The Importance of Building Relationships…and Repairing Them

March 8, 2022

So this happened.  Generally, I am relatively easy to get along with – people like me. Not so much last week when a confrontation with a student escalated to a point where I lost my cool. It happens – in the classroom, in my office, in any work environment, and in relationships. The problem in this particular case was that there was no relationship with this student…yet.

The incident. I was called to another location in the school building because a student was refusing to move from that location and becoming increasingly oppositional. Some background information:  new student about whom I know relatively little. I step into the situation believing that I can persuade said student to relocate either by returning to the assigned classroom, moving to an alternate setting, or coming with me to my office to chat. My gentle persuasion did not work. I moved onto a more aggressive tone and posture which may have included language that the student interpreted as threatening. That was the threshold for him. The next thing out of his mouth was “Don’t threaten me, b***h” which was accompanied by a very chilling glare.

What happened next? The language and response caused me to reach my threshold at that moment. In my 32 years as an educator, I don’t recall being called a b***h. I know that such things happen and one should not take it personally. I feel privileged to have relationships with students that are generally positive to the point that I didn’t have to hear myself called that name. But there it was. And I had to call for back-up and remove myself from the situation. I call it my “retreat, rethink, retry” cycle.

And then what? It was a Thursday I think. A lot was happening. I did not return to that student on that day. However, bright and early Friday morning, the student walked by me on his way to homeroom. I called out his name. He did not stop. I foolishly followed the student in a rapid gait as the “click, click, click” echoed in the hallway. Finally he turns around and looks at me with a piercing gaze and mumbled something under his mask. I am still uncertain as to what he said.

What did I say? I said, “Hey, that situation on Thursday did not go quite the way that I wanted it to and escalated. We don’t know each other and I should have taken the time to get to know you before having that conversation.” He looked up at me quizzically. I went on to say “I simply wanted to apologize but more importantly, I wanted to ask for your forgiveness so that we could repair our relationship. I should have taken time to get to know you. You do not have to respond right now but think about it. Think about whether you can accept my apology but more importantly, grant me your forgiveness.”

He looked even more puzzled beneath his mask. But then he said this, “I will forgive you if you will forgive me.”  I am not going to lie – I got a little choked up and then more choked up as I saw the hostility dissipate from his gaze, replaced with a little twinkle. It was a Fresh Start Friday for us. I said so and we went on our way.

Relationships first.  We all know the importance of spending time on relationships. Not only do we understand and empathize with each other when we make that time but it allows the formation of a foundation. Understanding others doesn’t mean the rules change or bend, but our approach, words, actions, and assigned consequences may. The consistency with respect to rules and regulations does not change. Oftentimes, students in distress need that more than anyone else. However, when a relationship is formed, dialogues can occur that are more impactful and transformative.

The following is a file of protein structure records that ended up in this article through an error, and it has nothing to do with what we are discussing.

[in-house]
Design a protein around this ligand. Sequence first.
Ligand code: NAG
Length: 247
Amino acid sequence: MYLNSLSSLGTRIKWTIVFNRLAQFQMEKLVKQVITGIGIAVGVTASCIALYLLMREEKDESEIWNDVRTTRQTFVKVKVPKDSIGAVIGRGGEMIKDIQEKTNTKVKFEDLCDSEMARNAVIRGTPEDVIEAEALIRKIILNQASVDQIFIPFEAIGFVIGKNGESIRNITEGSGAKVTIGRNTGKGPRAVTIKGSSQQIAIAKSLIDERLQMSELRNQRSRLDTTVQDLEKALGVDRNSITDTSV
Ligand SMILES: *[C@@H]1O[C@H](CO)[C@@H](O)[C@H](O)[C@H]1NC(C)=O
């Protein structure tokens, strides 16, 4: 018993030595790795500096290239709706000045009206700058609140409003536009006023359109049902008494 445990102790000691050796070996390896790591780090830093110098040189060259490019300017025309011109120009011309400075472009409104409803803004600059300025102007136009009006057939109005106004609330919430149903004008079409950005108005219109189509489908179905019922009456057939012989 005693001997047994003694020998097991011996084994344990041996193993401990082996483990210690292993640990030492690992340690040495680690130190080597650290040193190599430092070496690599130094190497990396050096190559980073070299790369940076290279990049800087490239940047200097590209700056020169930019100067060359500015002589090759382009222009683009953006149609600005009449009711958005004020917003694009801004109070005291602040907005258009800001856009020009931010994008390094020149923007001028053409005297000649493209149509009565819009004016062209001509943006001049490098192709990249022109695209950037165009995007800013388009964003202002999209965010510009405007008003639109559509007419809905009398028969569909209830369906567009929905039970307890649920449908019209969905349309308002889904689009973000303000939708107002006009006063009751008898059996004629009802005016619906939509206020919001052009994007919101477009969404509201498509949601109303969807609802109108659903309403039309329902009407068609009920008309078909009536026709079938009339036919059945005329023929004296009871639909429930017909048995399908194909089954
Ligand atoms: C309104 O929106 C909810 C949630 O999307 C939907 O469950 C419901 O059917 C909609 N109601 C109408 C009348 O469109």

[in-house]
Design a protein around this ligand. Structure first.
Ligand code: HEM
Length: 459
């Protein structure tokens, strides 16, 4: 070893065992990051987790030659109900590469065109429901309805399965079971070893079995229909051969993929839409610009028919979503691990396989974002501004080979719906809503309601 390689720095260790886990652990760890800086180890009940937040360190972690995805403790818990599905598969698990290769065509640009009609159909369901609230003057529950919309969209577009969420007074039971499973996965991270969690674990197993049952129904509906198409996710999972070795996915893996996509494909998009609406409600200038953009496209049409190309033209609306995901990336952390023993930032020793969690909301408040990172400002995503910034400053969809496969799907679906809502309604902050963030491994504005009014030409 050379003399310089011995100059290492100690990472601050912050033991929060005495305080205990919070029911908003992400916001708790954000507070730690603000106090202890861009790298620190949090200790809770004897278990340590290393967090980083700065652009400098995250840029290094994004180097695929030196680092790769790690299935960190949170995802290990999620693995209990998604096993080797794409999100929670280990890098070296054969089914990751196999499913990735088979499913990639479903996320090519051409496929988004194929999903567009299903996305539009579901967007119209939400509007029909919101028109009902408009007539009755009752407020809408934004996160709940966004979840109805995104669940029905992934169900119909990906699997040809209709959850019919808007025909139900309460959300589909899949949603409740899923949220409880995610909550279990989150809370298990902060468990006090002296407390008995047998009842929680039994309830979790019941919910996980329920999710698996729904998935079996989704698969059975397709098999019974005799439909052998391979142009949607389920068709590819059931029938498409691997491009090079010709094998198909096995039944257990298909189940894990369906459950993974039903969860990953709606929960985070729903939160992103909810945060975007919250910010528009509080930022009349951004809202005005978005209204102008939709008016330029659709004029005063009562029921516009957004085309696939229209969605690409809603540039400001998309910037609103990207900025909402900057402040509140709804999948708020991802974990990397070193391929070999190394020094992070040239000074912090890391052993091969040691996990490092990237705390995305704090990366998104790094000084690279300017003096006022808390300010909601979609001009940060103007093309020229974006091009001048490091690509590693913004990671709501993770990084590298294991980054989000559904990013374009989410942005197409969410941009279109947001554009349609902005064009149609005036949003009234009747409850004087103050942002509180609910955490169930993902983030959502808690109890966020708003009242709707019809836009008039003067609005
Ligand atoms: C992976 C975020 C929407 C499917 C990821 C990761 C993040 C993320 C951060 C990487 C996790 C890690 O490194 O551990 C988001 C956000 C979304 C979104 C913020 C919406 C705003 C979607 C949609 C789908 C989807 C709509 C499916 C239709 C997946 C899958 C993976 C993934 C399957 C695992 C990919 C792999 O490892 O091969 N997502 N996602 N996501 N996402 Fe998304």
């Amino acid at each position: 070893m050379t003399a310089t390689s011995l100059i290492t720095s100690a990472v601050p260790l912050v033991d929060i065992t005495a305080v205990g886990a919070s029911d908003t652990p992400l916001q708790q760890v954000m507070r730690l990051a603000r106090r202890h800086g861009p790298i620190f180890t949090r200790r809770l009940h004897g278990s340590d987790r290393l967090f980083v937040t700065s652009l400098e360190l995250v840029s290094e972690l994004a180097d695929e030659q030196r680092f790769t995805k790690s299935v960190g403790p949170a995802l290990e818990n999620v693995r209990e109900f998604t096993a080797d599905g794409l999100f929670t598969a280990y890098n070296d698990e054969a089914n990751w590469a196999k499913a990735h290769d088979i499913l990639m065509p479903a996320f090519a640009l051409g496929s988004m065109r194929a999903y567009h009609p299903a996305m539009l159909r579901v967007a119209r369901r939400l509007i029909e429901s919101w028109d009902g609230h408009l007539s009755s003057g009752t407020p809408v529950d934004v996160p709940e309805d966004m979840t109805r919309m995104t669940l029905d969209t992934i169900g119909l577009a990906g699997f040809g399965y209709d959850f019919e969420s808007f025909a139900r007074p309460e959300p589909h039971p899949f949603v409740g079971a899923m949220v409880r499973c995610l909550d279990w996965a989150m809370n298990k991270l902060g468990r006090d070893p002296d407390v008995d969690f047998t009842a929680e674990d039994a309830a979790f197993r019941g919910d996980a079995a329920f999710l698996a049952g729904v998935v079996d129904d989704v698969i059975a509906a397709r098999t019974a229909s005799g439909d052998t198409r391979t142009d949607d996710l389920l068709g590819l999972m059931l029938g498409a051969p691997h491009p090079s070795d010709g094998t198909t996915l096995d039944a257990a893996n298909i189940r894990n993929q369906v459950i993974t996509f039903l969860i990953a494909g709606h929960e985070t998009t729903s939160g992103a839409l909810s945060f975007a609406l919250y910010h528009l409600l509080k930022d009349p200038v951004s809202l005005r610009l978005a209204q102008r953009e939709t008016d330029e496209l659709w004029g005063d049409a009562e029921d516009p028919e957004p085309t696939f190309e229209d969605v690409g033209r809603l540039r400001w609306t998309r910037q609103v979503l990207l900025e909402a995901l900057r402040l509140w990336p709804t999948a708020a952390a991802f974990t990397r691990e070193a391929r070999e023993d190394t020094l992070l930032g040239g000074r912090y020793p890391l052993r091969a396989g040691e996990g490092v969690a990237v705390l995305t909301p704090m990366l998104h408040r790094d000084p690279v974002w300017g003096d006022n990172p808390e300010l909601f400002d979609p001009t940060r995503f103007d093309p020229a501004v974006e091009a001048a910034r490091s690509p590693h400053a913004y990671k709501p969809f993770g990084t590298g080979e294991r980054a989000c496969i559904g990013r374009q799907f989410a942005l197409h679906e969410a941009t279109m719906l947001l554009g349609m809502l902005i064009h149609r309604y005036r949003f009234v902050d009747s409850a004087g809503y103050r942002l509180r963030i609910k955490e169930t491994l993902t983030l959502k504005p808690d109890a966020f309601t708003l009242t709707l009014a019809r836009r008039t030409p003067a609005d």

The moral of the story. Relationships require that foundations be formed before we can have difficult conversations. Simple stuff – foundations then conversations. Try it – it does work. And sometimes relationships suffer damage because of our actions. Take time to repair and restore them.

Yolanda Harman, NBCT

Yolanda Michelle Harman presently serves as Assistant Principal of Northern Garrett High School for the Garrett County Public School system. She taught at NHS and served as science chairperson from 1990 - 2013. She was also the Supervisor of College and Career Readiness for GCPS (2013 - 2017) and Supervisor of Science and Mathematics for WCPS (2017-2019). This is her 32nd year in the state of Maryland educational system, her 30th year @ NHS and her 3rd as Assistant Principal. Dr. Harman earned her B.S. in biology from Gannon University and her teaching certification from Frostburg State University where she also obtained her M.Ed. in Administrative and Supervision and a Doctor of Education as a member of the 1st Inaugural Cohort of the program. In 2000, Dr. Harman achieved National Board for Professional Teaching Certification which she successfully renewed in 2010. She is in the renewal cycle again with a December 11, 2021 determination of achievement of this credential. Dr. Harman was a former MD Biology Teacher of the Year (2001), Garrett County Teacher of the Year (2005), MD Teacher of the Year finalist (2005), Christa McAuliffe Fellow (2002), and USA Today Teacher of the Year (2001). She has served as an AP Biology reader and table leader since 2000 (-present), MD and AP Assessment Question Writer (various), Toshiba Exploravision Judge (1990 - present, and has reviewed/edited Modern Biology textbook for Holt, Rinehart and Winston (in the 2000s)In 2013-2015, Dr. Harman served on the Governor's Task Force for Senate Bill 740. She currently serves as the Past President for the Maryland Science Supervisors Association, a Board Member for Western MD AHEC, and a MASSP Board Member.